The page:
In yet more general cases, we fall back on measure theory, and use the Radon-Nikodym derivative, \[ D(Q\|P) = \int{\log{\frac{dQ}{dP}(x)}dQ(x)} \] which reduces to the two earlier formulas in the special cases. We can still read Sanov's theorem as above.

(Strictly speaking, I should really distinguish between the probability of \( \hat{P}_n \) of being in the closure of \( B \) and the probability of its being in the interior, and between \( \limsup \) and \( \liminf \) of the rates, but those details are not important for the present purposes.)

Recall that we wanted to know how quickly the empirical distribution \( \hat{P}_n \) converges to the true distribution \( P \). Fix some neighborhood \( N_{\epsilon} \) of \( P \), with whatever way you like of gauging how far apart two distributions. Then we have \[ -\frac{1}{n}\log{\Pr{\left( \hat{P}_n \not\in N_{\epsilon} \right)}} \rightarrow \inf_{Q \not\in N_{\epsilon}}{D(Q \| P)} \] That infimum will be some increasing function of \( \epsilon \), say \( r(\epsilon) \). [If we measure the distance between probability measures in total variation, it's \( O(\epsilon^2) \).] So, roughly speaking, the probability of being more than \( \epsilon \) away from the truth is about \( \exp{\left\{ -nr(\epsilon) \right\}} \), neither more nor less. (It's exponentially small, but only exponentially small.) More formally, Sanov's theorem gives matching upper and lower bounds on the asymptotic large deviations probability.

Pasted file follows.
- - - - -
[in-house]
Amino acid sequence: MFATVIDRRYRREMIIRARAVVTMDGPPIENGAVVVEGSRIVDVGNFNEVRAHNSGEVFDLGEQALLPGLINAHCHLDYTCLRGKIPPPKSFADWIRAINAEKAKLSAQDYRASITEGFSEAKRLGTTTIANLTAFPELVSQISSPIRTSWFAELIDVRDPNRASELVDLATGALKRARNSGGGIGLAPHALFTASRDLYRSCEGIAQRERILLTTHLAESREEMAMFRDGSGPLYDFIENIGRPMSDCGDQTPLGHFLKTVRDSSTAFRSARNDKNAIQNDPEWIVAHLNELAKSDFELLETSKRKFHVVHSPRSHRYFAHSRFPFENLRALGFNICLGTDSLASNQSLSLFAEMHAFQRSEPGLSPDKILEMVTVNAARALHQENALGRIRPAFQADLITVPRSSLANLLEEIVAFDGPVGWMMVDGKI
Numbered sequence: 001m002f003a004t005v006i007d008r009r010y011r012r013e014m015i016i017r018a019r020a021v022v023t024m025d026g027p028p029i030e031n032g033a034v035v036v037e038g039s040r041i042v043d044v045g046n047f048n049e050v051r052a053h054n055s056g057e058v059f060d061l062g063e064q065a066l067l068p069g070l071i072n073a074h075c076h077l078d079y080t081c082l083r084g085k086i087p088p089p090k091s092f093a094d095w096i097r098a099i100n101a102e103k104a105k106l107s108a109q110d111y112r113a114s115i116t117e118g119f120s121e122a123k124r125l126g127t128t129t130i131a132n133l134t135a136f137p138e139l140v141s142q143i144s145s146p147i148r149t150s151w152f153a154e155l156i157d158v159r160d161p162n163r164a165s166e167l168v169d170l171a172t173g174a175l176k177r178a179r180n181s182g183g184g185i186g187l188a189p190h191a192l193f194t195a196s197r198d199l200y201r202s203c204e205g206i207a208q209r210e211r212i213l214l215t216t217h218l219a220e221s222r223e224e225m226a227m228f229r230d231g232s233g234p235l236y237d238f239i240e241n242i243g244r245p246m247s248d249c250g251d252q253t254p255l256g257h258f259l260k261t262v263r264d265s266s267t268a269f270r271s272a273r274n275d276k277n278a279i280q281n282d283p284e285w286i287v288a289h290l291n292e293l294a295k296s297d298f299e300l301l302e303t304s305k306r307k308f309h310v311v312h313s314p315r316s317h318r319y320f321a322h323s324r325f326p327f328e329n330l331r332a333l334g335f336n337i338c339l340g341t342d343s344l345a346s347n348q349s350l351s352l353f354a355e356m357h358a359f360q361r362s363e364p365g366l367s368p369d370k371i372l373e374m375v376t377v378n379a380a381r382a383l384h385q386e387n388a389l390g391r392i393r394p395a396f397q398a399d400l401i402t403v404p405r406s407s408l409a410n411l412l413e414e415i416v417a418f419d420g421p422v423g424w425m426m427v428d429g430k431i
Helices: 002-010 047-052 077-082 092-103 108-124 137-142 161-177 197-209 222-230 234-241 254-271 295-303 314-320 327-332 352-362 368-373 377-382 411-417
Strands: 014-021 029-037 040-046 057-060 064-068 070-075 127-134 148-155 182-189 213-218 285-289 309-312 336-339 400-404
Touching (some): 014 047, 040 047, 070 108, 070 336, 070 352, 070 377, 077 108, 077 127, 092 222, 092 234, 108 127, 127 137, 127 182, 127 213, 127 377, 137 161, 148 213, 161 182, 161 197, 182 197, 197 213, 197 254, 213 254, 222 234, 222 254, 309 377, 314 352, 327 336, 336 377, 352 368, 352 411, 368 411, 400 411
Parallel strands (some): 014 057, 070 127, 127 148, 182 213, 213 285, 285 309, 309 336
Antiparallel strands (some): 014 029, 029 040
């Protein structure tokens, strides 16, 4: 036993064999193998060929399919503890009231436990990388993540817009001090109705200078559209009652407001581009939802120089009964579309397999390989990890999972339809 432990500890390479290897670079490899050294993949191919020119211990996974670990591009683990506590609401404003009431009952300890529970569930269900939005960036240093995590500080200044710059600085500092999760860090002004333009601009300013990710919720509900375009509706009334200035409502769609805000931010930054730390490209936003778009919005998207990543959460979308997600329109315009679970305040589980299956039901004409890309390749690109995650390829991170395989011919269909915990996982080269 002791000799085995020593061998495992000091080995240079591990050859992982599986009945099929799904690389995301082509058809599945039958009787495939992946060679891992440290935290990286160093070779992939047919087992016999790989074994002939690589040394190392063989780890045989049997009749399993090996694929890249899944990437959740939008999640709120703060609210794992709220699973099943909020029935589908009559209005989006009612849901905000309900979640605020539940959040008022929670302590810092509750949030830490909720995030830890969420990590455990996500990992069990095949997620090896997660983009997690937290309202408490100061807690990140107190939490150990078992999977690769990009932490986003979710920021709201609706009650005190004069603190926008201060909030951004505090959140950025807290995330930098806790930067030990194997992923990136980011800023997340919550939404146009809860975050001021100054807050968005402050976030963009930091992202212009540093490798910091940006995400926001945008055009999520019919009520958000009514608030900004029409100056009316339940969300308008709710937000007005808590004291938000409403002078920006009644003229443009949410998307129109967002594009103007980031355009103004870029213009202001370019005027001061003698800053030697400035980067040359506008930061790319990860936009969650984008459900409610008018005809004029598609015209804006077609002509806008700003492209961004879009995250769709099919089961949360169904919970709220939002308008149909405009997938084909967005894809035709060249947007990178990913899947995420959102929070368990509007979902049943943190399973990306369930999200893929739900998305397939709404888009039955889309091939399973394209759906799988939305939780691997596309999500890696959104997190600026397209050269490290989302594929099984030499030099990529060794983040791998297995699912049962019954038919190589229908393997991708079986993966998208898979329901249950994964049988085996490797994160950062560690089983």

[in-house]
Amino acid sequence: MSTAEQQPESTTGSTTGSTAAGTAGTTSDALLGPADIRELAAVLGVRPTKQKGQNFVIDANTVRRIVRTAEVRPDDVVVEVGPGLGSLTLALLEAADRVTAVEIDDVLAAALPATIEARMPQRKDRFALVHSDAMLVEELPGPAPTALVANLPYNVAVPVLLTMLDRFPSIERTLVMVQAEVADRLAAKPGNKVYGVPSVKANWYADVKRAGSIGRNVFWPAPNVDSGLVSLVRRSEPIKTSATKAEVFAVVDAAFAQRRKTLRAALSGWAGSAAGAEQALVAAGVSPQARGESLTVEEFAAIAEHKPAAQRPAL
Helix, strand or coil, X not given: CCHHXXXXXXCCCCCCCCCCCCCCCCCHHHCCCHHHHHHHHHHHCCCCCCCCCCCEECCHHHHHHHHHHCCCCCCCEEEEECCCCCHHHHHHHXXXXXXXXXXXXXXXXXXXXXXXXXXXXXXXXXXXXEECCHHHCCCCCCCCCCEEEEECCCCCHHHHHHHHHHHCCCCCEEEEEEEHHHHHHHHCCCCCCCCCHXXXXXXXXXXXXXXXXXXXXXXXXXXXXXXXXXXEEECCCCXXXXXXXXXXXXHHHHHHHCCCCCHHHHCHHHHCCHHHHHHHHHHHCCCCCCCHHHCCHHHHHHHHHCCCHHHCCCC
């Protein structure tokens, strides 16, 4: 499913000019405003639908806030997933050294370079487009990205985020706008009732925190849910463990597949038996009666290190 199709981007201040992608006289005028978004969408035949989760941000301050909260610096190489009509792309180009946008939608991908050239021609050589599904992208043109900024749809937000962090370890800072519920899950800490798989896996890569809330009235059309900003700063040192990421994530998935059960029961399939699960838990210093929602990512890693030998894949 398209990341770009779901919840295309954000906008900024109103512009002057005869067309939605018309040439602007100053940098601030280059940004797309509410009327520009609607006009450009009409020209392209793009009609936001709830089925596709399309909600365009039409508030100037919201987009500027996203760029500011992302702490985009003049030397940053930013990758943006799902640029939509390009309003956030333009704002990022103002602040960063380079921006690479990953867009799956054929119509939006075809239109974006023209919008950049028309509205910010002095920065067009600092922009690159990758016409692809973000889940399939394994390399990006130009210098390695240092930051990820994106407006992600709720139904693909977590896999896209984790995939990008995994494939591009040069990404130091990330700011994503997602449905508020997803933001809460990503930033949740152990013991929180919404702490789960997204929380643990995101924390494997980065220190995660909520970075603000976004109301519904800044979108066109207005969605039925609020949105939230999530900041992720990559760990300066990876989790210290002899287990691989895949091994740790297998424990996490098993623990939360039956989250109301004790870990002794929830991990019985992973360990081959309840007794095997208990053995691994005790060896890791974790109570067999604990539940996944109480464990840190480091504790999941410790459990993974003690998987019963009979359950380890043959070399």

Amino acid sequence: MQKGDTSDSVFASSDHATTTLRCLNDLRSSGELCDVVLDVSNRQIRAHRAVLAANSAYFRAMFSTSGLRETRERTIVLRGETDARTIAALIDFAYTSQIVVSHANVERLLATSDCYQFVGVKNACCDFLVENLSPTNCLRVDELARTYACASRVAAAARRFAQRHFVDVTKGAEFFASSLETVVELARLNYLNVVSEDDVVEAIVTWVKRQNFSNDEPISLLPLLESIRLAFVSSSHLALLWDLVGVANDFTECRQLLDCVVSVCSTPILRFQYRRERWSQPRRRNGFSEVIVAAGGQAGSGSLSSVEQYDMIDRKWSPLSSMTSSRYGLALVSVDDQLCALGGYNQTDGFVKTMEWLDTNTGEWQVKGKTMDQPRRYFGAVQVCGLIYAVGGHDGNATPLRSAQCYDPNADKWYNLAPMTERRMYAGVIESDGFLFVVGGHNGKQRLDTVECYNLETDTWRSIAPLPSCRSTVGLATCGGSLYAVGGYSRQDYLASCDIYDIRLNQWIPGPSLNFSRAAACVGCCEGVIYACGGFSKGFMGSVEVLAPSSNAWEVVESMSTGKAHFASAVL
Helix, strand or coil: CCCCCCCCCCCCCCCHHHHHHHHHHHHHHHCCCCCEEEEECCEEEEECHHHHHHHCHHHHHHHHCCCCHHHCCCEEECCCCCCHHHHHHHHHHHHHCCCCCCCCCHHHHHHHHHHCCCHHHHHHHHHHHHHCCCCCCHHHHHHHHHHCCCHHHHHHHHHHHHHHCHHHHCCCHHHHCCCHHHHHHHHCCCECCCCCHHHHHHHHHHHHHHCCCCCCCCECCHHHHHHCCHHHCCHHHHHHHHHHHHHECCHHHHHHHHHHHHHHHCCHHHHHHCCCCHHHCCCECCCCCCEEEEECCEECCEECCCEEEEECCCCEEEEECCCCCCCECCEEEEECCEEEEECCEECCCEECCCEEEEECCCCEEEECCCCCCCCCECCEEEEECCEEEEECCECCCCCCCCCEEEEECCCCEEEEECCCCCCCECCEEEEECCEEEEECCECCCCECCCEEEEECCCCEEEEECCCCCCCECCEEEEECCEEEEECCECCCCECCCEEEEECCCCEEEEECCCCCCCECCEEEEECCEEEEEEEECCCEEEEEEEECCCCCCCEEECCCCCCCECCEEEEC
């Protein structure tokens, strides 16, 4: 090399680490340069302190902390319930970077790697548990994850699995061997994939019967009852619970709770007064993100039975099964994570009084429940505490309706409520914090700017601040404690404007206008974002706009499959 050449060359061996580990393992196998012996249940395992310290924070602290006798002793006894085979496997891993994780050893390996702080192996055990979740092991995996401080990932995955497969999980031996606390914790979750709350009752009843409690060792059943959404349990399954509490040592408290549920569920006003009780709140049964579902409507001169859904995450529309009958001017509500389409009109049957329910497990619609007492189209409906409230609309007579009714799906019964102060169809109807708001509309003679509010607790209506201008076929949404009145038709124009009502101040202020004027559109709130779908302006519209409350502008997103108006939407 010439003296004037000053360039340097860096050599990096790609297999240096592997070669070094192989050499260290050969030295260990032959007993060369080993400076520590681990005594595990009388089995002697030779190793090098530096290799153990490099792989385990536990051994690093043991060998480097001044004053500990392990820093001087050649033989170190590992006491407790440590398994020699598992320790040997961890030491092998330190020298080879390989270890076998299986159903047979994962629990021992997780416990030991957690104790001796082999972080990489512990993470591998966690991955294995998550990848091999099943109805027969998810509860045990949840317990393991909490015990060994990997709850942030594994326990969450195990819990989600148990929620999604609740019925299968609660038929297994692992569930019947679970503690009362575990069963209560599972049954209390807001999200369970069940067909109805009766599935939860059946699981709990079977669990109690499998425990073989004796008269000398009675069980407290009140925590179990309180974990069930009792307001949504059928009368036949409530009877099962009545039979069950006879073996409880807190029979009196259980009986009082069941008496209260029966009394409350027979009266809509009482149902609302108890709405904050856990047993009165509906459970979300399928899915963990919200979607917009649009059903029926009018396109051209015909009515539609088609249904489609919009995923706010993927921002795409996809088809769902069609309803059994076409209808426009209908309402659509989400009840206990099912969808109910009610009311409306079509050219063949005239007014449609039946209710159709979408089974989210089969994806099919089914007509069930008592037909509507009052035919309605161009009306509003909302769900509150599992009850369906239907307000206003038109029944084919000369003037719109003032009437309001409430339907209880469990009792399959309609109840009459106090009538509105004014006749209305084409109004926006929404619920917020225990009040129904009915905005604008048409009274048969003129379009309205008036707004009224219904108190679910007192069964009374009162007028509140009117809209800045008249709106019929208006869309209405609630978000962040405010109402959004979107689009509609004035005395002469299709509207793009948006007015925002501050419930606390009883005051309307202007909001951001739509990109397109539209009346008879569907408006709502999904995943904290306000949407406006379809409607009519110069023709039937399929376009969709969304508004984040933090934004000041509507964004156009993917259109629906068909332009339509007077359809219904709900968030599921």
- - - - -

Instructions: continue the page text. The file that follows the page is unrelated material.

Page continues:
Hypothesis Testing, the Neyman-Pearson Lemma, and Relative Entropy

Sanov's theorem thus tells us something about the efficacy of estimating a distribution by just sitting and counting. It can also tell us about hypothesis testing. We take the most basic possible hypothesis testing problem, of distinguishing between a null distribution \( P_0 \) and an alternative distribution \( P_1 \). We know, from the Neyman-Pearson lemma, that the optimal test is a likelihood-ratio test: say "1" when \[ \Lambda_n = \frac{1}{n}\sum_{i=1}^{n}{\log{\frac{p_1(x_i)}{p_0(x_i)}}} \] is above some threshold \( t_n \), and say "0" when it's below. The value of this threshold is usually picked to enforce a desired false-alarm rate \( \alpha \), i.e., it is the shadow price of power at a certain sample size.